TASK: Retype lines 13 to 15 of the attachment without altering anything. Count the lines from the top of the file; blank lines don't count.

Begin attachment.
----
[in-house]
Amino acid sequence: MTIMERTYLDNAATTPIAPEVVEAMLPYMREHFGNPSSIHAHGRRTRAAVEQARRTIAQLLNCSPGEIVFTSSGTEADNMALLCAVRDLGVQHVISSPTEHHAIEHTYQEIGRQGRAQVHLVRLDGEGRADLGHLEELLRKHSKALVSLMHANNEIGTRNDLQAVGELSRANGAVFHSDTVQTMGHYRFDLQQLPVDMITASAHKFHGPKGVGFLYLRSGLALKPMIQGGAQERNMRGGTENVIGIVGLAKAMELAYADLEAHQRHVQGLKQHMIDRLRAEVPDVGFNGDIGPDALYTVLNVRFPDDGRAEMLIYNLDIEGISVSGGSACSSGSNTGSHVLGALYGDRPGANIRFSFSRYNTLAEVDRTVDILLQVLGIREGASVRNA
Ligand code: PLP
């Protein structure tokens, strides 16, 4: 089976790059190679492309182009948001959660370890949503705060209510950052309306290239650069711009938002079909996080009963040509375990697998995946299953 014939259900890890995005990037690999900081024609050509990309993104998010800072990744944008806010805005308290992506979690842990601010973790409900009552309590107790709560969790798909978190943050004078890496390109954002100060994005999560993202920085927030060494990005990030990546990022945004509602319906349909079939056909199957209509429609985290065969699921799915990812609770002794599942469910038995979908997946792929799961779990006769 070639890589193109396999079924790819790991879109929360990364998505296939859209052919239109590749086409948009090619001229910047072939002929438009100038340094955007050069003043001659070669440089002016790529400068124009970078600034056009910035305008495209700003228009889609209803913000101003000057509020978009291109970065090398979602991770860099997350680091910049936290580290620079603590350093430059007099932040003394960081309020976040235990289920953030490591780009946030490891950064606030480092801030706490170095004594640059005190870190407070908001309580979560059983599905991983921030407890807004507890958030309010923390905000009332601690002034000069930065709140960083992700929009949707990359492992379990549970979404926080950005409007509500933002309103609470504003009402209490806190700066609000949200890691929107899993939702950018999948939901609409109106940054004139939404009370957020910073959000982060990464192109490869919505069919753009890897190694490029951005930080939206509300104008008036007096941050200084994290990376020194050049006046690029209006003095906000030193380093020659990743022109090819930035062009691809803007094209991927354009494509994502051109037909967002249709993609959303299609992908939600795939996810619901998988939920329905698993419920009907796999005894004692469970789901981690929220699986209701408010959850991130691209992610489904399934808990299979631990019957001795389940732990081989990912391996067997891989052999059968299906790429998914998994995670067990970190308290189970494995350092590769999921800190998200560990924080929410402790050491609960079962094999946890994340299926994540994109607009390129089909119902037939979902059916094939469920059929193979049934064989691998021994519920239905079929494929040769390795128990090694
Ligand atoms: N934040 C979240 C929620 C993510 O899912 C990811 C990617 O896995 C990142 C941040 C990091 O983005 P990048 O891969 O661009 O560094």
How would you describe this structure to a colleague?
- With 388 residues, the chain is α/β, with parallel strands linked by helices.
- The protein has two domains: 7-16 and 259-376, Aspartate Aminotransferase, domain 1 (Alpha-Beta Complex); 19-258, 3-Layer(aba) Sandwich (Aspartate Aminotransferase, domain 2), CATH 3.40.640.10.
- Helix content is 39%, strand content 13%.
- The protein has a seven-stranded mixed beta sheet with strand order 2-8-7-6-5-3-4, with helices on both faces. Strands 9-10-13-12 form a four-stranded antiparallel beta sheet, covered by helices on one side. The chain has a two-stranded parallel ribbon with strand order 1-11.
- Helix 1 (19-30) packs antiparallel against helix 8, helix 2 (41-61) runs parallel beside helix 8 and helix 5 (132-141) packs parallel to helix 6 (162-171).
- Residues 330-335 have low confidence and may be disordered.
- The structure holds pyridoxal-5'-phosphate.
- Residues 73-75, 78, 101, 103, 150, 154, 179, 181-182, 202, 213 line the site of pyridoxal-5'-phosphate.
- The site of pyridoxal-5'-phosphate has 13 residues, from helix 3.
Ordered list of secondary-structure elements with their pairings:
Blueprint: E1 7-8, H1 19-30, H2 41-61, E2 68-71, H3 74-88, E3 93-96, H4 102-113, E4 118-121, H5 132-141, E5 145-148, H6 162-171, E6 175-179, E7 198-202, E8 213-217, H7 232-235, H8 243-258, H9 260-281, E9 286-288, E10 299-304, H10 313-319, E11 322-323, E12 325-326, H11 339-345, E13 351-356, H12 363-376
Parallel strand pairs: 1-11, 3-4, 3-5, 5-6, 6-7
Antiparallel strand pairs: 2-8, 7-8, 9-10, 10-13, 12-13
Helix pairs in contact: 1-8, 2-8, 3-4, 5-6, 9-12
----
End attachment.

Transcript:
- The structure holds pyridoxal-5'-phosphate.
- Residues 73-75, 78, 101, 103, 150, 154, 179, 181-182, 202, 213 line the site of pyridoxal-5'-phosphate.
- The site of pyridoxal-5'-phosphate has 13 residues, from helix 3.